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Witness Says Central African Soldiers Spoke Lingala

A witness who spent 38 days as a captive of rebels led by François Bozizé, the current president of the Central African Republic (CAR), says some of them spoke the Congolese language Lingala.

Prosper Ndouba, a former spokesperson to the late president Ange-Félix Patassé – who was overthrown by Mr. Bozizé in March 2003 – was today continuing his testimony in the trial of Jean-Pierre Bemba at the International Criminal Court (ICC).

Last Friday, Mr. Ndouba stated that the Bozizé rebels spoke the local language Sango, Chadian Arabic, and “broken French.” Today, prosecutors questioned him about inconsistencies between his testimony in court and the account he gave in a book published in 2006.

In the book, the witness describes Mr. Bemba’s Movement for the Liberation of Congo (MLC) as speakers of Lingala. This afternoon, Mr. Ndouba said that whereas it was not mentioned in his book, some of the Bozizé rebels also spoke Lingala. “When I was with them at PK 12 [Point Kilomètre 12], some of them did speak Lingala amongst themselves. They said it was so that they would be taken for MLC troops and not rebels,” the witness explained.

“Why would Bozizé’s rebels speak Lingala and pretend to be someone else if the MLC wasn’t in the CAR at the time?” asked prosecuting lawyer Petra Kneur.

“They expected them [the MLC] to arrive,” replied the former presidential spokesperson. He did not give an indication of how many Central African soldiers he heard speaking Lingala.

Prosecutors also questioned Mr. Ndouba about a December 2002 meeting he had with Mustafa Mukiza, the commander of Mr. Bemba’s troops stationed in the conflict country.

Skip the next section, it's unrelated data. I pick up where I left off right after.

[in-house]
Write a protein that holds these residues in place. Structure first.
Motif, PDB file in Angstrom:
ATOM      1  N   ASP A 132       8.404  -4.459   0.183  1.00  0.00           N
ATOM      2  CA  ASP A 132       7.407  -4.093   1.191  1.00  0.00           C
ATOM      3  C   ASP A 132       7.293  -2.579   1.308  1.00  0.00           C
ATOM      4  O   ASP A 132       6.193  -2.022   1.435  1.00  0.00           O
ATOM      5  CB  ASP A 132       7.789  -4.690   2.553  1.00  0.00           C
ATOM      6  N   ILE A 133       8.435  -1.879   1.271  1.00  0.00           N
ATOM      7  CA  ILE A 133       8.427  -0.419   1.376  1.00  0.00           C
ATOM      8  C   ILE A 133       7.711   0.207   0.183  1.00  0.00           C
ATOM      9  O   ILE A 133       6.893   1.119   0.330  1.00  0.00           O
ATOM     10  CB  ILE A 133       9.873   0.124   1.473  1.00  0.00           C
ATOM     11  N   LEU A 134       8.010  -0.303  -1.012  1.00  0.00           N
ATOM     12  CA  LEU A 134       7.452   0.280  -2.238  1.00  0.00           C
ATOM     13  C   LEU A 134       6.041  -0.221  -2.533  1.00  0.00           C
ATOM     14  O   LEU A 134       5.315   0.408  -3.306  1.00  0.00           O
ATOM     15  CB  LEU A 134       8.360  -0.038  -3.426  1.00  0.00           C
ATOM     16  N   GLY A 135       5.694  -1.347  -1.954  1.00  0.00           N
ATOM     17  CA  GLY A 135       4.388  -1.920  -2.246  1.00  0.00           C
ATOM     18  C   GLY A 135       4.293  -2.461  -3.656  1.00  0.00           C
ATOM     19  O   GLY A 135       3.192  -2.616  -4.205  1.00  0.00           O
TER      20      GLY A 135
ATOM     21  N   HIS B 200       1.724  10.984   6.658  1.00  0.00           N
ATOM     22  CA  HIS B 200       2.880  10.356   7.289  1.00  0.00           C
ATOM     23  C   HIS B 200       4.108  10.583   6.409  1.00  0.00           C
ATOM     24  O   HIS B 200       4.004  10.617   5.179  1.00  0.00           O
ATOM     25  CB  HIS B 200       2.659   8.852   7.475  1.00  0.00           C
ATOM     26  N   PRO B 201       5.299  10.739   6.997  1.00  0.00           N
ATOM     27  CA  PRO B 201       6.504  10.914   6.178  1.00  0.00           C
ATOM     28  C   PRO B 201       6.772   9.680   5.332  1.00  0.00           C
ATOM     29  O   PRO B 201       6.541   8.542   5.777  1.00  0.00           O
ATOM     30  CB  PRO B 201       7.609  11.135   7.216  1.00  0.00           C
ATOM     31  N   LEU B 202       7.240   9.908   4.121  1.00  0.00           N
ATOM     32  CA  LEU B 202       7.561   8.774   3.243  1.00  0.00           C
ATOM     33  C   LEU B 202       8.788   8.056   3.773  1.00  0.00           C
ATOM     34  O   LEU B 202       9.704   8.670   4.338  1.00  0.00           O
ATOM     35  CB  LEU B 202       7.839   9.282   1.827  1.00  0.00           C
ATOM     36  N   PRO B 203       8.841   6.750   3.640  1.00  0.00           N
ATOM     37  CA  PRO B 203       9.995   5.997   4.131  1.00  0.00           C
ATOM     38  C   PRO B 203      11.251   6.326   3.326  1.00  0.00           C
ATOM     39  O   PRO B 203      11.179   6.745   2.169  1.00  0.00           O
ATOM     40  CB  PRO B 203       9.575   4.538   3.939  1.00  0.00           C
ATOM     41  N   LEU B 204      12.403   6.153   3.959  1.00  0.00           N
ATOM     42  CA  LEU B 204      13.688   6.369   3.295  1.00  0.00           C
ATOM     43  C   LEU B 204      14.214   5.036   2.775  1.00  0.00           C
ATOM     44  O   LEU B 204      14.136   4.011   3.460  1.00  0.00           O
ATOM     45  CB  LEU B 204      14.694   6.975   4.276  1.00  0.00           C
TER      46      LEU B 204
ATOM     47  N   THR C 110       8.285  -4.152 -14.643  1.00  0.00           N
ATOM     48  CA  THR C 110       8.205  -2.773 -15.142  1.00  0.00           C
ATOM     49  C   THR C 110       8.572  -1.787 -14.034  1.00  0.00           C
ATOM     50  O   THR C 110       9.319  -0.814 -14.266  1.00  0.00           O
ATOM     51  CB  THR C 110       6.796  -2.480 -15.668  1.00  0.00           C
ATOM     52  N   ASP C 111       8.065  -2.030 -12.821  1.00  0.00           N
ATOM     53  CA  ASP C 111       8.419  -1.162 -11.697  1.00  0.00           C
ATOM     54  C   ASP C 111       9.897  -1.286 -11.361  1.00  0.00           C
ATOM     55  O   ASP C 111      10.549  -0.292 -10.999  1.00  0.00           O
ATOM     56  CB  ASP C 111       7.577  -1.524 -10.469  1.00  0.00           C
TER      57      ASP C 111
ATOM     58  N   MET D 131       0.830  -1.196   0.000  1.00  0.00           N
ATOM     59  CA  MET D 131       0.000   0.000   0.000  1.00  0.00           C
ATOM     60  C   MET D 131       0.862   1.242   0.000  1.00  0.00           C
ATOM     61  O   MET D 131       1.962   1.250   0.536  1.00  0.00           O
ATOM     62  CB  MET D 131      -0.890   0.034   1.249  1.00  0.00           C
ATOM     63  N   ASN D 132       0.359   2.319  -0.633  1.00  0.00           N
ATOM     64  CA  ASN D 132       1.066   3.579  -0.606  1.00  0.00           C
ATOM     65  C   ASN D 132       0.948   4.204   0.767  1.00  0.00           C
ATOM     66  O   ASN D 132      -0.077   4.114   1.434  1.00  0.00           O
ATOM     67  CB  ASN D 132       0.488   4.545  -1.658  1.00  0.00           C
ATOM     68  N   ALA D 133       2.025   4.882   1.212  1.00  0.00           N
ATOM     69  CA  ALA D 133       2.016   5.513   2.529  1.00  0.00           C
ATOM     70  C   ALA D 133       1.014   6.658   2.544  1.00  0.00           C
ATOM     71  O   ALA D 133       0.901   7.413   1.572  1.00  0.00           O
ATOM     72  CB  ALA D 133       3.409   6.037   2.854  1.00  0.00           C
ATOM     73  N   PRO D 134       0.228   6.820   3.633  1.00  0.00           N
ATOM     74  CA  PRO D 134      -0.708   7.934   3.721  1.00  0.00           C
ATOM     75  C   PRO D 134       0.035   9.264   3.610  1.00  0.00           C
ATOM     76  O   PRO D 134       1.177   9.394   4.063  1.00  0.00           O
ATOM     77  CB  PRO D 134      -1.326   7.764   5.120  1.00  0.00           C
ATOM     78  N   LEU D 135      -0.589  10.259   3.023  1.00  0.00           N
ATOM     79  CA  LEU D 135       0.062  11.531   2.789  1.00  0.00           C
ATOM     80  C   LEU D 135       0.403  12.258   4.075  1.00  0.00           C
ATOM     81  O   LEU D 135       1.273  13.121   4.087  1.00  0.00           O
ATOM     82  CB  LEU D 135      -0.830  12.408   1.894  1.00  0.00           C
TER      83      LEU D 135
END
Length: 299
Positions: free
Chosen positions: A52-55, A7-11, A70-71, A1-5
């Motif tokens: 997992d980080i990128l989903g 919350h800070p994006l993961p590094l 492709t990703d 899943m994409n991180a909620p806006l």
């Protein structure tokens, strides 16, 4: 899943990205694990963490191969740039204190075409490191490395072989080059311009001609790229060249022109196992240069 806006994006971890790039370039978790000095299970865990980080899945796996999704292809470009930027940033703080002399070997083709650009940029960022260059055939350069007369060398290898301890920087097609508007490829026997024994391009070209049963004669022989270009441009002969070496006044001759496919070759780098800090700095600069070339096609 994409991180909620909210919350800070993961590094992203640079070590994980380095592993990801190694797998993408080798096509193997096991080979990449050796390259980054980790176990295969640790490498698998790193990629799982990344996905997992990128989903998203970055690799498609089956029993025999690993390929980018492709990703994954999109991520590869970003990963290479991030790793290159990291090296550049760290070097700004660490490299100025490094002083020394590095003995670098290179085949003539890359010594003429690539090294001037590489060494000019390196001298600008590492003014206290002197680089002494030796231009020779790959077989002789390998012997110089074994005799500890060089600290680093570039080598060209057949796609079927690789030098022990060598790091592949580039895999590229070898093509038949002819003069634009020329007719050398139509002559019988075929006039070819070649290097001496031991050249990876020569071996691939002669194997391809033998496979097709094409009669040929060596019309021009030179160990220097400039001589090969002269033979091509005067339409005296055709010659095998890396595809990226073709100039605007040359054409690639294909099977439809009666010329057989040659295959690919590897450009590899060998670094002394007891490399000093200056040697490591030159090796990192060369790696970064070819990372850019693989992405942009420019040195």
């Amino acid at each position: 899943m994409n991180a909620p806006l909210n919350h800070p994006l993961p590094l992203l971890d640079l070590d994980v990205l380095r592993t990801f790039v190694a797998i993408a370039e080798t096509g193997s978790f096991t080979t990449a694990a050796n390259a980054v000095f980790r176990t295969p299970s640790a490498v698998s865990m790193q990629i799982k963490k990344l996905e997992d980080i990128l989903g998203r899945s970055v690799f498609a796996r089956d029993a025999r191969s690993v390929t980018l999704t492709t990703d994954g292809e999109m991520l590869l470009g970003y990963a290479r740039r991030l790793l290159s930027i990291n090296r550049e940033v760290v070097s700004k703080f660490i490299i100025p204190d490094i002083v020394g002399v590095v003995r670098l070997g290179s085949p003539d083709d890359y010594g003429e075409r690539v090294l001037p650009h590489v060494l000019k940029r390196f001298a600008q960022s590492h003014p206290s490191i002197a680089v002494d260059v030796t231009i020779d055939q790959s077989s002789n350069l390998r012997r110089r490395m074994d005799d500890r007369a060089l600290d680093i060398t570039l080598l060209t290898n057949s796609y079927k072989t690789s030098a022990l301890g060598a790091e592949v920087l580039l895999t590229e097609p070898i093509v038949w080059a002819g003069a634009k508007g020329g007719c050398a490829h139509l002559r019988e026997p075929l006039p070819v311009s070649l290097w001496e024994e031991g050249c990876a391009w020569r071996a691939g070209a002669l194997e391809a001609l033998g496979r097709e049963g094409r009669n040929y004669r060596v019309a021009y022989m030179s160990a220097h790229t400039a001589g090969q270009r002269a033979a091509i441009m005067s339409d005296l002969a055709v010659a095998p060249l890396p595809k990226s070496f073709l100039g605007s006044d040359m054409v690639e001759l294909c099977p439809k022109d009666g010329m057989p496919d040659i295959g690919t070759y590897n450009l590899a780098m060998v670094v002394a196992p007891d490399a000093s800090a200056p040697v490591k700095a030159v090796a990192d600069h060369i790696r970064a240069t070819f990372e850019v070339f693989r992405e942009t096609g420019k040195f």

The witness said after the rebels released him, he met General Mukiza who wanted to obtain from him information about the rebel positions, types of ammunition they had, and other intelligence.

“Would you agree that the meeting took place in a private house?” asked Ms. Kneur.

“Yes, it was indeed a private house,” replied Mr. Ndouba. He explained that the house was owned by a civilian, but it “was assigned” to the General by CAR authorities. He did not know if the owner was paid for the use of his house

Mr. Ndouba also met with Ferdinand Bombayake who headed the Central African presidential guard that spearheaded the fight against the insurgents. However, the general did not ask any questions similar to those posed by General Mukiza.

While the witness told the trial last week that he had no contact with his family during the captivity, today he conceded that, as detailed in his book titled L’otage du général rebelle centrafricain François Bozizé, family members visited him on two occasions.

Mr. Ndouba has also previously testified that at the time of his captivity and throughout 38 day period, no other armed forces were present in the capital Bangui. However, in his book he recounts hearing talk amongst his captors that MLC forces had taken up positions in the capital on the evening of October 25, 2002.

Asked by Ms. Kneur about this inconsistency, Mr. Ndouba attributed it to “rumors” that were circulating at the time. “I believe it was later on that they [MLC] arrived. It was not immediately following my capture,” he said.

Mr. Bemba, a former vice president of Congo has been on trial at the ICC since November 2010. He is charged with failure to control or punish his troops as they rampaged in the neighboring country during 2002 and 2003. He has denied three crimes against humanity (murder, rape, and pillaging) and two war crimes (murder and rape).

The prosecution continues to cross-examine Mr. Ndouba tomorrow morning.

 

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